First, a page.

As an international law firm for immigrants by immigrants, we know where you are coming from. We know about the hurdles facing immigrants throughout the visa process, as well as the challenges facing them in the United States while continuing their careers, supporting their families, and working hard to achieve dreams.
In this day and age, there is an unlimited amount of wrong advice floating around on the other end of a google search. We have seen countless people miss out on opportunities stateside due to something wrong they read online.The last thing that immigrants need is misinformation that can damage their success in the United States. And while it’s generally good advice to err on the side of caution, letting this misinformation get in the way of your plans would be a shame. Enter DLG.
One frequent issue that we have encountered with our clients, as well as wrong information floating around the internet, has to do with immigrants and their ability to earn a U.S. driver’s license.
In most parts of the U.S., immigrants will need either a social security card or work permit as proof of identification when applying for a drivers license. And because it takes USCIS around 5-7 months (on average) to process work permit applications, many immigrants believe that they need to wait an average of six months to be able to earn a driver’s license.
This rule of thumb is not entirely accurate, as the requirements to obtain a drivers license varies from state to state. As of August 2019, there are fourteen states that officially issue driver’s licenses and permits to undocumented immigrants in the U.S., meaning that immigrants in these states do not need to wait six months to pursue a driver’s license.
Immigrants in these fourteen states, which include California, Colorado, Connecticut, Delaware, Hawaii, Illinois, Maryland, New Mexico, Nevada, New York, Oregon, Utah, Vermont, and Washington, as well as territories Puerto Rico and the District of Columbia, are able to apply for a driver’s license by providing certain documents, including a foreign birth certificate, a foreign passport, and even a consular card and evidence of current residency in the state.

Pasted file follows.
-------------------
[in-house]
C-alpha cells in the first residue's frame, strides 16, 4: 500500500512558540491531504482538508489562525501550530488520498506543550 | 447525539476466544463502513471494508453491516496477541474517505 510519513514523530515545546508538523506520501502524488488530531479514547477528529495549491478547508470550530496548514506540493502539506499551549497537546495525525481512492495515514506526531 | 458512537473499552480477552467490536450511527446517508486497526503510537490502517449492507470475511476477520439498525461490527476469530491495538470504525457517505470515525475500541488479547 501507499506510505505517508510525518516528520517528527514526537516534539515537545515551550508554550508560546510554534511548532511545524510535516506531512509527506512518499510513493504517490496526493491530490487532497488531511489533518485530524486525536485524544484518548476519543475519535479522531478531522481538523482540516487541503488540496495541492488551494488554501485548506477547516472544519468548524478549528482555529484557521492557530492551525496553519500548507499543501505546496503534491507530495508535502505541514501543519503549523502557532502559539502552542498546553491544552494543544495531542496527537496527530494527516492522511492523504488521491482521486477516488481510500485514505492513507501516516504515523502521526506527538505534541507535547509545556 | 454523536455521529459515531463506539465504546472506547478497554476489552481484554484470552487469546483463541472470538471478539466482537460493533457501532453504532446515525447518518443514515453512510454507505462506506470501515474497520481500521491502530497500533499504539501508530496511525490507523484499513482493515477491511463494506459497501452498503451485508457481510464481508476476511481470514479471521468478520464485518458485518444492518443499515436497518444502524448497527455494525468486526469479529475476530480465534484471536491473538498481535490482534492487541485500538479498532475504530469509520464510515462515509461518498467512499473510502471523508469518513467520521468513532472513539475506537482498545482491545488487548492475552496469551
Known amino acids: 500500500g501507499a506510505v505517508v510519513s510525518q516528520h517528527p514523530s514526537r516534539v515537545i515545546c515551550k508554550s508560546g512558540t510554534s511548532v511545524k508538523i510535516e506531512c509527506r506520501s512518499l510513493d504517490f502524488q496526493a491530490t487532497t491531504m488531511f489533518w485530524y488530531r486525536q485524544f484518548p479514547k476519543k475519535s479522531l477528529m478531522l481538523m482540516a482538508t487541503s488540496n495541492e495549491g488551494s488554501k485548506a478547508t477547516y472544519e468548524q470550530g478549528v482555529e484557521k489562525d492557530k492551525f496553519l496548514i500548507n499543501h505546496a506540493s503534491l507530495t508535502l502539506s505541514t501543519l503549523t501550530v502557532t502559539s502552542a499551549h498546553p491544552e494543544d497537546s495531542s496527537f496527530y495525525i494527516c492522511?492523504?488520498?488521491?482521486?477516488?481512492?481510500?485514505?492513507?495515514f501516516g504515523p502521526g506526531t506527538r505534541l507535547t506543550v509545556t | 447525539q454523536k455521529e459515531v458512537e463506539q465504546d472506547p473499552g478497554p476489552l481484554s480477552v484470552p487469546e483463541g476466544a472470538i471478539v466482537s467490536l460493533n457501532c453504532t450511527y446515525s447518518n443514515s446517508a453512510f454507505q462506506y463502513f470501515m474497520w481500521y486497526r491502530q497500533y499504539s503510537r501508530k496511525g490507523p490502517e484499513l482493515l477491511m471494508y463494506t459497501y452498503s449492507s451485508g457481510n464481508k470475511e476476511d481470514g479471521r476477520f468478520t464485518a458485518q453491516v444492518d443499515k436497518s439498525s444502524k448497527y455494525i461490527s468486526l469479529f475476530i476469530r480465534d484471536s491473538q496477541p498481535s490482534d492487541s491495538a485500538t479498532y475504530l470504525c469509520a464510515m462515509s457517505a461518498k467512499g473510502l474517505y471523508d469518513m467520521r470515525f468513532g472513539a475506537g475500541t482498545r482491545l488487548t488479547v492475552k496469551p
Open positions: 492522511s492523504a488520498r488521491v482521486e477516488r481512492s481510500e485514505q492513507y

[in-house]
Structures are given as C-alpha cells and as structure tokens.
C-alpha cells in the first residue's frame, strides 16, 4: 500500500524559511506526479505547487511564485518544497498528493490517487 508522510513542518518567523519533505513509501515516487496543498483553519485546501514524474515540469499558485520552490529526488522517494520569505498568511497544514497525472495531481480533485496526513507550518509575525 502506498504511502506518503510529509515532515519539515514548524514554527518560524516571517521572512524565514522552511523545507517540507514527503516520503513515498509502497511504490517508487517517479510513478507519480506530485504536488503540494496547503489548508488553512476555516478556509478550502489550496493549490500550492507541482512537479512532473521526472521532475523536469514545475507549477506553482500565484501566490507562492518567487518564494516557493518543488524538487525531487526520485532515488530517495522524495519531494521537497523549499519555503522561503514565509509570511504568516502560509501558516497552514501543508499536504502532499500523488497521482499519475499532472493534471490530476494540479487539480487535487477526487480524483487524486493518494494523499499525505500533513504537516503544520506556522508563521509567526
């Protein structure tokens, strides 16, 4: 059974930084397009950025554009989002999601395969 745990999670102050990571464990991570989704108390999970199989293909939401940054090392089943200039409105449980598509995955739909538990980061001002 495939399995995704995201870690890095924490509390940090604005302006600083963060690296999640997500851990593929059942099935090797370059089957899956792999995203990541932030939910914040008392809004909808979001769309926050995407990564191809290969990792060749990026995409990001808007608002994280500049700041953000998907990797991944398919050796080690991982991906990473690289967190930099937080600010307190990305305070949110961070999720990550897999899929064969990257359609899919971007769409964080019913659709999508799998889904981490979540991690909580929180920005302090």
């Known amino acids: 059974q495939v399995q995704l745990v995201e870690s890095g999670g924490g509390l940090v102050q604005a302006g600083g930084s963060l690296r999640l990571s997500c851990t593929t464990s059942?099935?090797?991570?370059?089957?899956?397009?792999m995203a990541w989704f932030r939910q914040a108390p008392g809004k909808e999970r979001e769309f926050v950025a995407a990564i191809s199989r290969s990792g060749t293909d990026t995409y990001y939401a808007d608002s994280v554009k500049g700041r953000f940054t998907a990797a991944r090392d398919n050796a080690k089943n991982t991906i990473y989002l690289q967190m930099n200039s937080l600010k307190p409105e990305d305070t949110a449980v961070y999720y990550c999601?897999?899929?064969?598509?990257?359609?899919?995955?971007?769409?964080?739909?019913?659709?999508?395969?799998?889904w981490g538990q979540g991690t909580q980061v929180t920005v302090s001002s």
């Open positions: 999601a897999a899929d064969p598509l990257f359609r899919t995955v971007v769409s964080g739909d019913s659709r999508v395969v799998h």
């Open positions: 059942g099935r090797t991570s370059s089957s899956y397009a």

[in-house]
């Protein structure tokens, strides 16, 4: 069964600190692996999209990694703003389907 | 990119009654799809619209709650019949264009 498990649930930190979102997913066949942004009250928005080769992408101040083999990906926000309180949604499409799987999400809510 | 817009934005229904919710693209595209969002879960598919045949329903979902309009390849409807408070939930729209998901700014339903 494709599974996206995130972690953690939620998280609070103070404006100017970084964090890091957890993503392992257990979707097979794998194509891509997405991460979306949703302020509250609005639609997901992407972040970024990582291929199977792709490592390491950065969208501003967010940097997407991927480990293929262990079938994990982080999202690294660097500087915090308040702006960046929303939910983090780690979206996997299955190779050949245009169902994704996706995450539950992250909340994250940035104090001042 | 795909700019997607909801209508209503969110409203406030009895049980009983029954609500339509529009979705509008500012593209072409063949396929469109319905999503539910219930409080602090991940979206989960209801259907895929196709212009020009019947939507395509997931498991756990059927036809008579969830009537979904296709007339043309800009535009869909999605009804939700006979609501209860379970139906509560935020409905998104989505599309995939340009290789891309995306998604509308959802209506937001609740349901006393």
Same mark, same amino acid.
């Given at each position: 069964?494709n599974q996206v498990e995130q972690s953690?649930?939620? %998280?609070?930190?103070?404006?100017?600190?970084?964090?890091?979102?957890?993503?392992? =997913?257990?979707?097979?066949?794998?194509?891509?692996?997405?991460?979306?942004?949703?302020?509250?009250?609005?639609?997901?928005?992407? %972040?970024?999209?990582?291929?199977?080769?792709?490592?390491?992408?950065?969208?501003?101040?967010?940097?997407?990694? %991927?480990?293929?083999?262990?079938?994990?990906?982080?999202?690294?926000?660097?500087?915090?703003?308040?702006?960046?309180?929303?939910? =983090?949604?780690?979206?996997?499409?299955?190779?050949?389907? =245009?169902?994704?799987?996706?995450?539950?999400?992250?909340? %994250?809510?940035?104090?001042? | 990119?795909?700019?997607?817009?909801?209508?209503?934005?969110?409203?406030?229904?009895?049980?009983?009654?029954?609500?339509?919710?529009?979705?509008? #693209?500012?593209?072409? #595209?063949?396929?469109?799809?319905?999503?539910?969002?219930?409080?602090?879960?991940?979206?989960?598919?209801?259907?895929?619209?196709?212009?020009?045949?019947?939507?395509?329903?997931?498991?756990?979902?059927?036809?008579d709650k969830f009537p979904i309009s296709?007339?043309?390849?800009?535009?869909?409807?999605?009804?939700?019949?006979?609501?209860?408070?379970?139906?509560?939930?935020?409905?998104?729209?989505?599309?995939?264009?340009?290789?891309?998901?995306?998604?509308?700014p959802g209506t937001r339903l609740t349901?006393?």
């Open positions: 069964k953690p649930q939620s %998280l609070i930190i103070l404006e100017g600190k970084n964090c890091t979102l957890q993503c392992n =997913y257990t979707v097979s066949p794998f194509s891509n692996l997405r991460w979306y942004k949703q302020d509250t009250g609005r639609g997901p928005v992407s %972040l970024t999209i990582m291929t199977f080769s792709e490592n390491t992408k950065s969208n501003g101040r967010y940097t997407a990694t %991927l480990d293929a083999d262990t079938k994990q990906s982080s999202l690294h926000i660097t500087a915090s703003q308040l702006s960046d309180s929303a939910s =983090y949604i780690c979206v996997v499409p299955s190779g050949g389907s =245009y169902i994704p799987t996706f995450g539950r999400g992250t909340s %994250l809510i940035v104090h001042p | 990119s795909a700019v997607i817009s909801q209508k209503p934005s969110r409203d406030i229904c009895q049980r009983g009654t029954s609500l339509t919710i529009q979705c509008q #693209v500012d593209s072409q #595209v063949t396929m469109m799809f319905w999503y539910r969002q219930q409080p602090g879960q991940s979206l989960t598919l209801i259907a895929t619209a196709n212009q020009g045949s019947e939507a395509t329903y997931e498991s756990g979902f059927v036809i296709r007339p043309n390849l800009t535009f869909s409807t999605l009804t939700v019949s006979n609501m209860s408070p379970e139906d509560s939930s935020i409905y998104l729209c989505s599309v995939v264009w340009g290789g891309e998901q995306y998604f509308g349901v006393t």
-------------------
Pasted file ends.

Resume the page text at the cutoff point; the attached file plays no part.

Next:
For instance, in 2013, the State of California officially removed the requirement of proof of legal presence to obtain a driver’s license. This means immigrants without a social security card, or who are still waiting to receive approval of work authorization from USCIS, may still pursue their driver’s license through the California DMV (Department of Motor Vehicles).
We advise our clients to stay on top of which states are flexible in this regard, and to not engage in any activity not approved through USCIS, the DMV, or state laws. As in, do not drive a vehicle if you’re not permitted or licensed to do so.
For a comprehensive list of states that process driver’s licenses for people without work permits or social security cards, we here at DLG have you covered. Take a look at our handy state guide for a full list of states that offer driver’s licenses to immigrants.
D’Alessio Law Group is a fully integrated international law firm with lawyers located across three continents. The firm represents leading multinational corporations, tech leaders and entrepreneurs, innovative startups, longstanding production and talent organizations, leading universities, next-level entertainers and artists, and talented professionals across the international tech, corporate, and entertainment industries.
Nothing on this website or associated pages, documents, comments, answers, e-mail, articles or other communications should be taken as legal advice for any individual case or situation. The responses and information are intended to be general and should not be relied upon for any specific situation. For legal advice, consult an experienced immigration attorney.